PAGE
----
A team of engineers from the UW, Duke University, and Intellectual Ventures’ Invention Science Fund has moved a step closer to liberating us from those pesky power cords and bulky battery chargers. In a paper posted on arXiv, the researchers explain how flat-screen technology could be used to build a wireless power transfer system right into a wall or ceiling that is capable of efficiently charging a variety of devices in a room.
According to UW CSE and Electrical Engineering professor Matt Reynolds, “There is an enormous demand for alternatives to today’s clunky charging pads and cumbersome cables, which restrict the mobility of a smart phone or a tablet. Our proposed approach takes advantage of widely used LCD technology to seamlessly deliver wireless power to all kinds of smart devices.”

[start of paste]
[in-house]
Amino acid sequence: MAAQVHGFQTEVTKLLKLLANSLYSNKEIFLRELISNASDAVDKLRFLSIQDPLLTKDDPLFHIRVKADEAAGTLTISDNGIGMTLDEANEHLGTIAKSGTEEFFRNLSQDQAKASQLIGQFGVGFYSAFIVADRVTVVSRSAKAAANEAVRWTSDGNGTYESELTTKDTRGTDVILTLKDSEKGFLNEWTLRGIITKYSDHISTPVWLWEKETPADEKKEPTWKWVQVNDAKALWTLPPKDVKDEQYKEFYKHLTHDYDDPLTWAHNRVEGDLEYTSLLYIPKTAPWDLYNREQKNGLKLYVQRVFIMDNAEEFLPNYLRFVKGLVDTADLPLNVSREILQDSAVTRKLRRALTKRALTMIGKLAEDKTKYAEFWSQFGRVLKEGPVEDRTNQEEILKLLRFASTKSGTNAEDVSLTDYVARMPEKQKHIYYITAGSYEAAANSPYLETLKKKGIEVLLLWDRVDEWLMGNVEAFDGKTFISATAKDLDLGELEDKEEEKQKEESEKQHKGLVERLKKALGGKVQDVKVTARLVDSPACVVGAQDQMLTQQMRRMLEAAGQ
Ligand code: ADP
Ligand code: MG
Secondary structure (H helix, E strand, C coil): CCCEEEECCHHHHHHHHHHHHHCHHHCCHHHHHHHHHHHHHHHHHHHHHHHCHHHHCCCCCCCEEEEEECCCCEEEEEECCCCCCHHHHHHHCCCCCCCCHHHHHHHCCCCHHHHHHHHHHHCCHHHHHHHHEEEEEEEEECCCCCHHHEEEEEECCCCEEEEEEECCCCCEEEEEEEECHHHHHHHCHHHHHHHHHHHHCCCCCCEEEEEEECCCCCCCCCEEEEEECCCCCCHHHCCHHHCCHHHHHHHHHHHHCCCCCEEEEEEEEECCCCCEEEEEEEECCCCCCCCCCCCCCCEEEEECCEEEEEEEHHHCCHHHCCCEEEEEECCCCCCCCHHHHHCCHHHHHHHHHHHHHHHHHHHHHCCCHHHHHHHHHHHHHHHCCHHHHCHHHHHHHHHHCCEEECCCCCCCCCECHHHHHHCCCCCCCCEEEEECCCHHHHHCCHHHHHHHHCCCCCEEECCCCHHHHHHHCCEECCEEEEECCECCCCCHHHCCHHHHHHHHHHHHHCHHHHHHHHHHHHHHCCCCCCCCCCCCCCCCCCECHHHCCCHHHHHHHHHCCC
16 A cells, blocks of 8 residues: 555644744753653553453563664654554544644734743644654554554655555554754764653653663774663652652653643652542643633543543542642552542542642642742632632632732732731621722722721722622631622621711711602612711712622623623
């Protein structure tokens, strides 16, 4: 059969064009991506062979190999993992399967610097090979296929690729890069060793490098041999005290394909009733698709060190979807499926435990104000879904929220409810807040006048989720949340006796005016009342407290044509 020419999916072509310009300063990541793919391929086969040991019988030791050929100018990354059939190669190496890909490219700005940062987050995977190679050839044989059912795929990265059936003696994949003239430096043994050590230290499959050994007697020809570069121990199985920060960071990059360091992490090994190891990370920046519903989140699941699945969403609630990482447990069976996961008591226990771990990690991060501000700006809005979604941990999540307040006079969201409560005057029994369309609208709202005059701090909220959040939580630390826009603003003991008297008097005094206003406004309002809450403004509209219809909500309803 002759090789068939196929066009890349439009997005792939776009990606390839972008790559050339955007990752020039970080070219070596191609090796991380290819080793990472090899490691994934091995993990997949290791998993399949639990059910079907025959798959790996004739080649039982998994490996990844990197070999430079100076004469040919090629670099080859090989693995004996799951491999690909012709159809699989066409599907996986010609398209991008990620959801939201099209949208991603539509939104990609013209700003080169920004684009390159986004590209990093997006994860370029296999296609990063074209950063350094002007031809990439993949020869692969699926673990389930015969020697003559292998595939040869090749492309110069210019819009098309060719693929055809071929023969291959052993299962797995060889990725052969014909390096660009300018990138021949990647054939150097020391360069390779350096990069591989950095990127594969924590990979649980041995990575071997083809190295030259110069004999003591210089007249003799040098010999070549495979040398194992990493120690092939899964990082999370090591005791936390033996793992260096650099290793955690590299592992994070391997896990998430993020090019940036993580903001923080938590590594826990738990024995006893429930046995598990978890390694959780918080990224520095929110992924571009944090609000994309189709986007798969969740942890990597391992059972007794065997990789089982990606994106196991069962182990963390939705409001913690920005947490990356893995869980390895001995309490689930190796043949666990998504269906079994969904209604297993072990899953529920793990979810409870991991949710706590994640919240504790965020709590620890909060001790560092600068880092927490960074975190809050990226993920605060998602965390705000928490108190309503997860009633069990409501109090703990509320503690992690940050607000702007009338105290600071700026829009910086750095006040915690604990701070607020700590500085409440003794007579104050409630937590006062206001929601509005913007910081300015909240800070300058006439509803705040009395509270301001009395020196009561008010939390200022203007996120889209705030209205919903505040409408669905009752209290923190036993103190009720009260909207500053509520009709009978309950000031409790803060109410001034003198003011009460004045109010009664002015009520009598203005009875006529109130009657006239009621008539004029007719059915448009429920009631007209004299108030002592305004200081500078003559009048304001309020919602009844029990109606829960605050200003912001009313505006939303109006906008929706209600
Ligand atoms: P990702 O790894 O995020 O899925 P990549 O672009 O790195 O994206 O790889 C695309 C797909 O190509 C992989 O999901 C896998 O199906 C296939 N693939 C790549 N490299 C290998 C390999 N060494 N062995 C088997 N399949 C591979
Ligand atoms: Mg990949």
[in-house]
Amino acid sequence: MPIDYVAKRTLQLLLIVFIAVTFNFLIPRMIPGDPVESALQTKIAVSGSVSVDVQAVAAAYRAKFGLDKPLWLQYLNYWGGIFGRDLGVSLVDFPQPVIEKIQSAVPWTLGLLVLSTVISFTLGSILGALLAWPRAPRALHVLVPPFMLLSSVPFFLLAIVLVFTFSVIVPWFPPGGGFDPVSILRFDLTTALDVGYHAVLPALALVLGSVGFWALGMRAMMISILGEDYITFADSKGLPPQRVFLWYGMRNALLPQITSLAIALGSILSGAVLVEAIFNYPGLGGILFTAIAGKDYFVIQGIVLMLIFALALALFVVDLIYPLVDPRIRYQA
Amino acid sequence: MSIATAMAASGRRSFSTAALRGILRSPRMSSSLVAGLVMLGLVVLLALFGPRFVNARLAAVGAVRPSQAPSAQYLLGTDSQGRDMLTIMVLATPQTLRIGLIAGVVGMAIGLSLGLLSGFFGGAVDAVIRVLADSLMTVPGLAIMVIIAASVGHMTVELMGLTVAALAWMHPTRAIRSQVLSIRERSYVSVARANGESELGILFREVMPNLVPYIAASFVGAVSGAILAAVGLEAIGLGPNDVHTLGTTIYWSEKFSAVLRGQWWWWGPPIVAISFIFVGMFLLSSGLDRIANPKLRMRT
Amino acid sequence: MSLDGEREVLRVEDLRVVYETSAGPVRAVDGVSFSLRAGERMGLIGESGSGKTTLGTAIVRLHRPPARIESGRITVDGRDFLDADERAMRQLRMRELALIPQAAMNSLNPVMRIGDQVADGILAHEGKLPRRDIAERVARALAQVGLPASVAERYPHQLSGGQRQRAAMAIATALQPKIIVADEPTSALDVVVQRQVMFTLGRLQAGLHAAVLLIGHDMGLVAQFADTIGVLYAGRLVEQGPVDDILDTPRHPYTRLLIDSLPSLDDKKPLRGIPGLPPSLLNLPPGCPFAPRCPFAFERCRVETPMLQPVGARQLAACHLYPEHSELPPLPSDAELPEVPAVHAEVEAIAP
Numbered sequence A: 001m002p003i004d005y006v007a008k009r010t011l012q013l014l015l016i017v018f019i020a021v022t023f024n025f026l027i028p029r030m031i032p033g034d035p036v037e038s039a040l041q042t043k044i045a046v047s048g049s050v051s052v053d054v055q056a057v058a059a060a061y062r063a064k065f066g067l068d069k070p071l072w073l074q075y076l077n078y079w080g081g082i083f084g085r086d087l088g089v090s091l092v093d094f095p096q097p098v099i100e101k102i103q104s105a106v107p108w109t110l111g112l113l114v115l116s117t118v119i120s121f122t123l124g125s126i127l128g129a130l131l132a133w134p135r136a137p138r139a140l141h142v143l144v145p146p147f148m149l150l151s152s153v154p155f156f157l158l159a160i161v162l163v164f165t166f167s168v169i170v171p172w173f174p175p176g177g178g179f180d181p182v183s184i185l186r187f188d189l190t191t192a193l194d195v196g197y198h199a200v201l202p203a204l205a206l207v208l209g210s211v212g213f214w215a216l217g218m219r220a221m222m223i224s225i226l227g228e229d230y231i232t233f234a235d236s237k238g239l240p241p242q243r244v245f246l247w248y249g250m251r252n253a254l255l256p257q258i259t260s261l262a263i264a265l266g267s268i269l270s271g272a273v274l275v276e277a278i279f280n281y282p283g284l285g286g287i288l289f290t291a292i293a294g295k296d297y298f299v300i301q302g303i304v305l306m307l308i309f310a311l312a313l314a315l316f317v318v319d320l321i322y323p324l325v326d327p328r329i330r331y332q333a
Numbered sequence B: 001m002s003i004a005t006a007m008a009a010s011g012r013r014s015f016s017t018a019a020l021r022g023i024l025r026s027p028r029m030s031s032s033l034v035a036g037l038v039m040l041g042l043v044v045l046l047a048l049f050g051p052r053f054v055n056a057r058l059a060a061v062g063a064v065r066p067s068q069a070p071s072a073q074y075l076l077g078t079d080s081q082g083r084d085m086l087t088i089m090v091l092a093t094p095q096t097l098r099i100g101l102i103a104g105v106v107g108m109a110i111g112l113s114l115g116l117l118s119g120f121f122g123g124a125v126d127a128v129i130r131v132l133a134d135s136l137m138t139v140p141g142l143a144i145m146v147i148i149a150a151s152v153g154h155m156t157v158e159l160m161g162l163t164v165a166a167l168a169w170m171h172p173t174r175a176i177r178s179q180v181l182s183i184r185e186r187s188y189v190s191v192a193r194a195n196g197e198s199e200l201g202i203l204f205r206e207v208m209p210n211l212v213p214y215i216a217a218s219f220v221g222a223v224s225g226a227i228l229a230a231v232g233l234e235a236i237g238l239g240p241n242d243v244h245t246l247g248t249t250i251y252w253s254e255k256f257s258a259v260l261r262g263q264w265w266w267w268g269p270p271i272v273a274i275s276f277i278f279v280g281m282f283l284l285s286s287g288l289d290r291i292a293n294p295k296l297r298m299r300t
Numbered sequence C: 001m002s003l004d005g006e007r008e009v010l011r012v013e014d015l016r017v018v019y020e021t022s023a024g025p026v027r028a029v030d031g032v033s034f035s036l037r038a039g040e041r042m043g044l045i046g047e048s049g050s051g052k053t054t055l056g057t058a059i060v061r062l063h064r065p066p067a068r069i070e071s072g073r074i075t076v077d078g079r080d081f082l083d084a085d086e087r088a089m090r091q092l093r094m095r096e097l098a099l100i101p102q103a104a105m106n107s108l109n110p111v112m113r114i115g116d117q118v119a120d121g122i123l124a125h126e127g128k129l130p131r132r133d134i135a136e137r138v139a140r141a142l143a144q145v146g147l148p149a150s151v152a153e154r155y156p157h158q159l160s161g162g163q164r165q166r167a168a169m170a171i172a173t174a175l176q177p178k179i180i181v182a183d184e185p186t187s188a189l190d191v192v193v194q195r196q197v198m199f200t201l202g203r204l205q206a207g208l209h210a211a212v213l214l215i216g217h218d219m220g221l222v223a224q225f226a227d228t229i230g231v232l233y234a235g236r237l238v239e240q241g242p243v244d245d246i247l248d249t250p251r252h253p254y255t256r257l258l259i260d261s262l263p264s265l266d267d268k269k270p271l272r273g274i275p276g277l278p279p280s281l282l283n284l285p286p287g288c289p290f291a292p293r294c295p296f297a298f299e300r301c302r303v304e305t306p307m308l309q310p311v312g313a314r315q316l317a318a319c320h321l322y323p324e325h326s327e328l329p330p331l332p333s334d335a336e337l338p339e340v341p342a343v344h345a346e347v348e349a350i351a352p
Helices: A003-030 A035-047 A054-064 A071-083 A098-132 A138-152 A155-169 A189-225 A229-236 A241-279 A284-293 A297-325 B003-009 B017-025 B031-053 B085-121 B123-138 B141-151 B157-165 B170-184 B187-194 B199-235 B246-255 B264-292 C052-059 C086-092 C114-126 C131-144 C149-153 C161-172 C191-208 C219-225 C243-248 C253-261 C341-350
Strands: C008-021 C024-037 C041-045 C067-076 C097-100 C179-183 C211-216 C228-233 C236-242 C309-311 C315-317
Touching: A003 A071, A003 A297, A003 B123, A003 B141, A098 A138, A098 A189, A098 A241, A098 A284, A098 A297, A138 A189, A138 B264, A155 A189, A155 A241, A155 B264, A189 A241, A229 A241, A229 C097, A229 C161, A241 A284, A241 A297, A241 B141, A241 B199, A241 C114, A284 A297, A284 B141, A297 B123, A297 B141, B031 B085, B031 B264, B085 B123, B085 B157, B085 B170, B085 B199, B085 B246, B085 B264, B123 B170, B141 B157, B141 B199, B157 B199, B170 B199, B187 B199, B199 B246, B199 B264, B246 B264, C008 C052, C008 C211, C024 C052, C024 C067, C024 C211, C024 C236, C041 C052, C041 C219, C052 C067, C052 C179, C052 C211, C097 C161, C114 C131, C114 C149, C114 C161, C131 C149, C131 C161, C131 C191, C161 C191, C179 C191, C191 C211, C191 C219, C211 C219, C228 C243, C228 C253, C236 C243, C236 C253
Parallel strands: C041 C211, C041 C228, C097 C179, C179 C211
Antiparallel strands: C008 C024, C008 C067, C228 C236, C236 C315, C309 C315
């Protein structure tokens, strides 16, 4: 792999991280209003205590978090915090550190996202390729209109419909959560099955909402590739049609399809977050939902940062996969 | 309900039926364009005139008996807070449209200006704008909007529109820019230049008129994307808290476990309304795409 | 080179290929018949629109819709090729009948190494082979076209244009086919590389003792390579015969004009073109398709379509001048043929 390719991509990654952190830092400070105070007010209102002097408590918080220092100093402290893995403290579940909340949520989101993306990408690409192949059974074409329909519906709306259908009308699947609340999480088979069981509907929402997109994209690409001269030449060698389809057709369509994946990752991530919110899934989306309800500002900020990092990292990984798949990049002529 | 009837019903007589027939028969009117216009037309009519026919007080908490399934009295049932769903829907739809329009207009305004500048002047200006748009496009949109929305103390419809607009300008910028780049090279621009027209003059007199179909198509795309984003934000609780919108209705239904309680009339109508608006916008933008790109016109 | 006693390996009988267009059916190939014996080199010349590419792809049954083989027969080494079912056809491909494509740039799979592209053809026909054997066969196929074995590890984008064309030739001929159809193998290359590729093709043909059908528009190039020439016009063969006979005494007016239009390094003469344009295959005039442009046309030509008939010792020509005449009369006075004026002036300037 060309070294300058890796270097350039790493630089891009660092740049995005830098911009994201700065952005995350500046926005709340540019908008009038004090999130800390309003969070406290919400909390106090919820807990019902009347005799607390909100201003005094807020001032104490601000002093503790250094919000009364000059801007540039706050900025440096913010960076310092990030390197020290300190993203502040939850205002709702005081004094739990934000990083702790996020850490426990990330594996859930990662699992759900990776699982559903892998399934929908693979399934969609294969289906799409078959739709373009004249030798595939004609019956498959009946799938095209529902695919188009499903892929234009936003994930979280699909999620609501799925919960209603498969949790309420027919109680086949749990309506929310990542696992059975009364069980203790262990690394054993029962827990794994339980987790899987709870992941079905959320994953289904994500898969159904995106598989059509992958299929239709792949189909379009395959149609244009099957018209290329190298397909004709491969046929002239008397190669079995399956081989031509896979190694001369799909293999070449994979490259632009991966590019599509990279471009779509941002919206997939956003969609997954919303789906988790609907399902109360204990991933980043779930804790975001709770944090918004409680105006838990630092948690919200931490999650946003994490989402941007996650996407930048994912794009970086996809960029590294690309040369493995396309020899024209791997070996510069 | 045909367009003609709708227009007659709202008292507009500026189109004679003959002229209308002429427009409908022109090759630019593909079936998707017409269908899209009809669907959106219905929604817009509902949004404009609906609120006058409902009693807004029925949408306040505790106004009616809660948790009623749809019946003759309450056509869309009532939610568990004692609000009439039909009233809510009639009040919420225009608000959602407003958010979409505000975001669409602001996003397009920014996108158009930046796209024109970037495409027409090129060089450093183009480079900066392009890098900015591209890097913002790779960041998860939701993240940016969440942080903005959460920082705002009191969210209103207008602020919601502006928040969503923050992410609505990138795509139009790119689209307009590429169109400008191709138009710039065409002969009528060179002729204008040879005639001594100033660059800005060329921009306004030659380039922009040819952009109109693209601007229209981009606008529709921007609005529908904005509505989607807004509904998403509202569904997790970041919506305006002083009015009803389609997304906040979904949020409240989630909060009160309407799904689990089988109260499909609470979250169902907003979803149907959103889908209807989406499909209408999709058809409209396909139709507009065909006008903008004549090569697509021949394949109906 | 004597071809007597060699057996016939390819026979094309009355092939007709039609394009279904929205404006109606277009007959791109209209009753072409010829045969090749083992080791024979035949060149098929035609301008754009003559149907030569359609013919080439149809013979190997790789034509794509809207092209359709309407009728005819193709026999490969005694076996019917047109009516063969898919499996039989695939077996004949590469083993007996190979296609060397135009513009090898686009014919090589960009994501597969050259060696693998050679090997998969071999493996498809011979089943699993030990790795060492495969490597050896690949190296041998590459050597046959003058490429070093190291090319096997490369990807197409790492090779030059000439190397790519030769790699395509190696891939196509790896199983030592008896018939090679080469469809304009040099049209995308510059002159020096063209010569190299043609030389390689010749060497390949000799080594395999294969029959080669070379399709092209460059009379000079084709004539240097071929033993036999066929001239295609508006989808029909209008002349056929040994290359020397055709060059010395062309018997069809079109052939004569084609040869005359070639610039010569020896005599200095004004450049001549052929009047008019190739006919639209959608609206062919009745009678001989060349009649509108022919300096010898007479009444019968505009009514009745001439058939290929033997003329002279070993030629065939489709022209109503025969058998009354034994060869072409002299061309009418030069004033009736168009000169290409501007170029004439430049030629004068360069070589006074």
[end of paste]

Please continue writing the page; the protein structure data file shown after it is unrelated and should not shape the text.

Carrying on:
Reynolds and his colleagues propose a flat, reconfigurable antenna made of metamaterial that would gather and focus electromagnetic energy to recharge devices within its line of sight. Unlike existing, magnetic near-field systems, this new approach would not require close proximity to a charging station in order to achieve efficient power transfer.
“The ability to safely direct focused beams of microwave energy to charge specific devices, while avoiding unwanted exposure to people, pets and other objects, is a game-changer for wireless power,” Reynolds said. “And we’re looking into alternatives to liquid crystals that could allow energy transfer at much higher power levels over greater distances.”
In addition to Reynolds, the research team includes David Smith, Vinay Gowda, Okan Yurduseven, Stéphane Larouche and Yaroslav Urzhumov of Duke University’s Center for Metamaterials and Integrated Plasmonics, and Guy Lipworth of Intellectual Ventures.